Welcome to Saint Helens, Our New Home
Three weeks have passed since we moved Chickadee Gardens from Portland to our new two-acre home in Saint Helens, Oregon. Now that we are somewhat settled (meaning all of our stuff has been moved from point A to point B save for a few plants and "staging" furniture) we thought it would be nice to explore our surrounds a bit and share our new town with you.
Saint Helens is about 45 minutes from Portland down the Columbia River. It is a small, humble town that I am growing to love more every day. The people are friendly and willing to say hello and are genuinely helpful.
It's only starting to sink in, i.e., "We live here now!" On a few rare moments when we weren't unpacking, cleaning, organizing, driving, loading or unloading we paused to explore.
On Christmas Eve we took a walk down by the old town right on the banks of the river. This is the Columbia River, a mighty one that I hope we explore more by canoe one day. By the way, we're looking for a used canoe if anyone knows of one. Here are just some of the many boats and houseboats found along this stretch of the Columbia.
By the riverfront a tiny picnic area surprised me. I would like to visit this someday when it warms up, maybe on bicycle.
Much of the riverbank is fairly wild. The river is dotted by many islands, the largest of which is Sauvie Island, home of Cistus Nursery (yay!!). There are a lot of wetlands and birding areas, perfect for exploring by canoe.
The old downtown has its charm. The Columbia Theatre is one I think we shall go see the new Star Wars movie. I mean it has a neon sign so it's got to be cool. I'm a sucker for neon.
While window shopping along antiques row, a faux Tillandsia caught my eye. This is about as much gardening as I have experienced here so far, sorry to say. This will soon change.
The Columbia County Courthouse. A mighty building with a lot of character.
A polar bear spotted in downtown Saint Helens. At least he's in the holiday spirit. There were a whole menagerie of "caged" beasts dressed in their finest holiday outfits. Very strange but endearing.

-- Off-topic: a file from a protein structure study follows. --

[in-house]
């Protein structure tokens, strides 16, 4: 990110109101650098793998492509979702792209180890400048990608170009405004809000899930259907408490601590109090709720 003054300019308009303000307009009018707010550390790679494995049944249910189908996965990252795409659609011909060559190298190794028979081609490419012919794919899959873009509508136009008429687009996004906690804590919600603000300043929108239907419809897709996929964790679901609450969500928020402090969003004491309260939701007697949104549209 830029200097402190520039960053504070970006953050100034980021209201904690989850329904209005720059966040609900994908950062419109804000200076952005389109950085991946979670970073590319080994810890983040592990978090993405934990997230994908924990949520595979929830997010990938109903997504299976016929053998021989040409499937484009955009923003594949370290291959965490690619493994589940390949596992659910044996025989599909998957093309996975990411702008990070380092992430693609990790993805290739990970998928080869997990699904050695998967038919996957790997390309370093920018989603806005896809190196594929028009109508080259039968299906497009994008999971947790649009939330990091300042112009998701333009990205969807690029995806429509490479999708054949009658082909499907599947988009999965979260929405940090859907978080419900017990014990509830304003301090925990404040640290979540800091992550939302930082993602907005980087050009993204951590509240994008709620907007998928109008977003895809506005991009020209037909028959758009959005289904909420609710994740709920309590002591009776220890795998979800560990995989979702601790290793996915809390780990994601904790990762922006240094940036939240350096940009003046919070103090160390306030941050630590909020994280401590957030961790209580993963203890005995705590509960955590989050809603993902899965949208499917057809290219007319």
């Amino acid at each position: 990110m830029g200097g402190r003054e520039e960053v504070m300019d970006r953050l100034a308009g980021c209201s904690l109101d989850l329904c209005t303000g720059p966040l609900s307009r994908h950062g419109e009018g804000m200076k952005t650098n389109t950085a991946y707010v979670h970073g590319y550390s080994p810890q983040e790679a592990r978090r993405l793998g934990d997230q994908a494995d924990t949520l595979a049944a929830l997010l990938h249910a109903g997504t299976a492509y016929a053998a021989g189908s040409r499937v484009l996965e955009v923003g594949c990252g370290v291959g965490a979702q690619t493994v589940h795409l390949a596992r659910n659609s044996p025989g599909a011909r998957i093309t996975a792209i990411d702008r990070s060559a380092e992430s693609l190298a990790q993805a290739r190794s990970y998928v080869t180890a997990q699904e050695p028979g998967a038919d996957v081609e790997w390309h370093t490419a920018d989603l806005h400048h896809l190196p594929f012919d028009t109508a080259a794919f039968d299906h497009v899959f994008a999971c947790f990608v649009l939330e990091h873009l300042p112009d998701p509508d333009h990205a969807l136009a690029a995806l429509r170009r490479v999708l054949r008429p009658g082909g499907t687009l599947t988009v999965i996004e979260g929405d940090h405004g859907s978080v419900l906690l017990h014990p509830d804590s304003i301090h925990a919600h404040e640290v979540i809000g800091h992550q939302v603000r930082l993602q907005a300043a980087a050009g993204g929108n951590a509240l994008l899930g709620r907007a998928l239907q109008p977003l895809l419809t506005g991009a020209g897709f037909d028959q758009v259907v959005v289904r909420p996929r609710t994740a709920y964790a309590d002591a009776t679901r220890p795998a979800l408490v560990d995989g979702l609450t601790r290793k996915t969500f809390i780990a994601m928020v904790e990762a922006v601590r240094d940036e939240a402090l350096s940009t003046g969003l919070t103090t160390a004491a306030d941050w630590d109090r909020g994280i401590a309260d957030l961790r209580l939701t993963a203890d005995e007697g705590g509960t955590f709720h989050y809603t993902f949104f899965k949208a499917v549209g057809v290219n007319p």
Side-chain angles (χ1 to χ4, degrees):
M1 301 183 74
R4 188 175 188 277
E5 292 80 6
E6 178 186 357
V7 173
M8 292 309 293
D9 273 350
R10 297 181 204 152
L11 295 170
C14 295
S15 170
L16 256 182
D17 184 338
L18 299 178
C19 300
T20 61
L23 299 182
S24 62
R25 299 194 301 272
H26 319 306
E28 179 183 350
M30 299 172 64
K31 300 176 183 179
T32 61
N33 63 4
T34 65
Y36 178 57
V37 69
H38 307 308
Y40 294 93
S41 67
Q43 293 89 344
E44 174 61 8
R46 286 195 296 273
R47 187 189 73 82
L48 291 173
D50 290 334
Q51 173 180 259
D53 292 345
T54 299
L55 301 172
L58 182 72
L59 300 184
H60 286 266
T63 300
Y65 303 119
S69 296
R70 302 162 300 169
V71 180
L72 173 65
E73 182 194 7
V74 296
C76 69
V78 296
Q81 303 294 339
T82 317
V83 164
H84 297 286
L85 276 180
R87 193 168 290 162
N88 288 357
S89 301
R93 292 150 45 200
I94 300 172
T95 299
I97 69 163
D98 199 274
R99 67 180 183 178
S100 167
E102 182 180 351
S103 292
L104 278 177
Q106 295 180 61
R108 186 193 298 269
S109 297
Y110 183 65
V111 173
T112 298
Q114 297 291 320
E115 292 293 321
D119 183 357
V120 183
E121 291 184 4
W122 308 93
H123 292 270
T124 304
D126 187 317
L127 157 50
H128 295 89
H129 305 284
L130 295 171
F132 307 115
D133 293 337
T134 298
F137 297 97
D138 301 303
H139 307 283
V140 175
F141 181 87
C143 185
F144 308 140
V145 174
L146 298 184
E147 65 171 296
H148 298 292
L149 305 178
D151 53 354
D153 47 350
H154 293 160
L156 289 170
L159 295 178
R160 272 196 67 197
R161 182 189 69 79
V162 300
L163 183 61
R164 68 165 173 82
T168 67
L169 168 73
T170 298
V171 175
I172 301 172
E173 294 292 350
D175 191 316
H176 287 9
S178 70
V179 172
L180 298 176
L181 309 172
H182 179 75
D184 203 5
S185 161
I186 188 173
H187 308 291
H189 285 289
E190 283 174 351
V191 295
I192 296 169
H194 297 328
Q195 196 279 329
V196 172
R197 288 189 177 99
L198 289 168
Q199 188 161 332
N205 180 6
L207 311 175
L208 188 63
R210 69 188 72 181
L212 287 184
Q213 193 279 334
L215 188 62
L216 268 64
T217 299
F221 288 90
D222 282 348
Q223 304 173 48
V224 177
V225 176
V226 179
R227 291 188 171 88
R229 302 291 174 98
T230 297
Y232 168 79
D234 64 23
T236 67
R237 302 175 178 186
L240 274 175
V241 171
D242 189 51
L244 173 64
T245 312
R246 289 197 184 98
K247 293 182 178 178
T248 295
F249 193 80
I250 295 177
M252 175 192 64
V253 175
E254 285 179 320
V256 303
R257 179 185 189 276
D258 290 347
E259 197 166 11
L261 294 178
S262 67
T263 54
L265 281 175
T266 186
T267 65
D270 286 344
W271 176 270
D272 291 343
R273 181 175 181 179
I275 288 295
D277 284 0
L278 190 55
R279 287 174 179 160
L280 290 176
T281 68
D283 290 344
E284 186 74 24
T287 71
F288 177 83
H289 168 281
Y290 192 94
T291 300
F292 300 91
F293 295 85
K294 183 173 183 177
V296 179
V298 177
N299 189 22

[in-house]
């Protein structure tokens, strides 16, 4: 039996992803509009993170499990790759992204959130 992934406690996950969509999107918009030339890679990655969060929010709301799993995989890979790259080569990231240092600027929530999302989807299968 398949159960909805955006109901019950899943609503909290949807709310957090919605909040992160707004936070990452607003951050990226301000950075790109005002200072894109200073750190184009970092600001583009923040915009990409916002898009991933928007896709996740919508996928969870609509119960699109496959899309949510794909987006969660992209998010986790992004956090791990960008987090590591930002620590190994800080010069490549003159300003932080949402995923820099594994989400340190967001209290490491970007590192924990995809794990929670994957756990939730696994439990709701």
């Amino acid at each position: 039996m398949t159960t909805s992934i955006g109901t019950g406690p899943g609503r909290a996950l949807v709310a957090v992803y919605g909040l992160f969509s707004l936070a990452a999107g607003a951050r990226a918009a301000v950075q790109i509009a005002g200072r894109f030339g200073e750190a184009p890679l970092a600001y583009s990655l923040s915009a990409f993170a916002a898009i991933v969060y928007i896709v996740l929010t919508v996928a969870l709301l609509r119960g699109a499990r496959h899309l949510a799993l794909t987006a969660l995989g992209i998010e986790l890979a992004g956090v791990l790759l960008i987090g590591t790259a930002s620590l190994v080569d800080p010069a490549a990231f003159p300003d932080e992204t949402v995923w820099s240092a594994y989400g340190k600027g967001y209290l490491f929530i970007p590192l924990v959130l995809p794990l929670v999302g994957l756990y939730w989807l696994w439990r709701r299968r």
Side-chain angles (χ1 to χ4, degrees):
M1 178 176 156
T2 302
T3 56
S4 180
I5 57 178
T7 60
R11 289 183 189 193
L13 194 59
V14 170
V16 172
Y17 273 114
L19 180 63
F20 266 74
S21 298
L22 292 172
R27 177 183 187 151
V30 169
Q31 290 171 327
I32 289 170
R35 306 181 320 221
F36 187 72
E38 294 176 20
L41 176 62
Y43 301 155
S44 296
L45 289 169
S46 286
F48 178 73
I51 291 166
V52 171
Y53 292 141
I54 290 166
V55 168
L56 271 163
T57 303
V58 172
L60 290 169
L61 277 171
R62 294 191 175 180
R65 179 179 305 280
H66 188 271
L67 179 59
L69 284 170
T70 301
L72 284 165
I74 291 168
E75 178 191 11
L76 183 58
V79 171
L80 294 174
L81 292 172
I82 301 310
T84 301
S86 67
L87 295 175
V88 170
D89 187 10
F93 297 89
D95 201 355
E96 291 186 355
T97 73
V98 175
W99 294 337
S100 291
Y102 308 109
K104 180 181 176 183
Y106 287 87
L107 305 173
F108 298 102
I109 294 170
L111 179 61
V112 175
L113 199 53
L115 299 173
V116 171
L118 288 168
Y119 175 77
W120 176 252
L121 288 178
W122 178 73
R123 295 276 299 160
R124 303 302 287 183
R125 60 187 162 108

Me thinks this is where Santa came to visit. I guess we missed him.
A bit of gardening whimsy in downtown Saint Helens.
A reclaimed area on the shores of the Columbia River where some kind of manufacturing plant once stood. A lot nicer now. It seems like prime birding land. I will enjoy watching this develop into a natural area as the years go by.
The town is named for the mountain in view, Mt. Saint Helens, which is actually in Washington State across the Columbia River. This logo shows the mountain in full form, that is to say before she erupted in 1980. Curious.
Speaking of mountains, we have a view of Mt. Hood from our home. This photo was taken at sunrise on New Year's Day from our back deck. Hood is behind the trees to the left.
Out past the deck into the field, a cold but beautiful view greets us.
Looking out towards the neighbor's horse pasture, the sun makes an appearance.
Very beautiful and moving. I find myself experiencing these moments in what is sure to be some of the worst chaos David and I have ever gone through. I really dislike moving for nesting is in my blood. I want to have a home and put all my energy into it and watch it turn into something magic. That's the hope, anyhow. Being ripped away from something I've invested my soul into was very difficult. Am I sorry I did it? Not at all. It was simply more painful than expected. Like ripping off a bandage very slowly rather than all at once. We've been going through this for 10 weeks now, longer if you count the days in September when David started packing.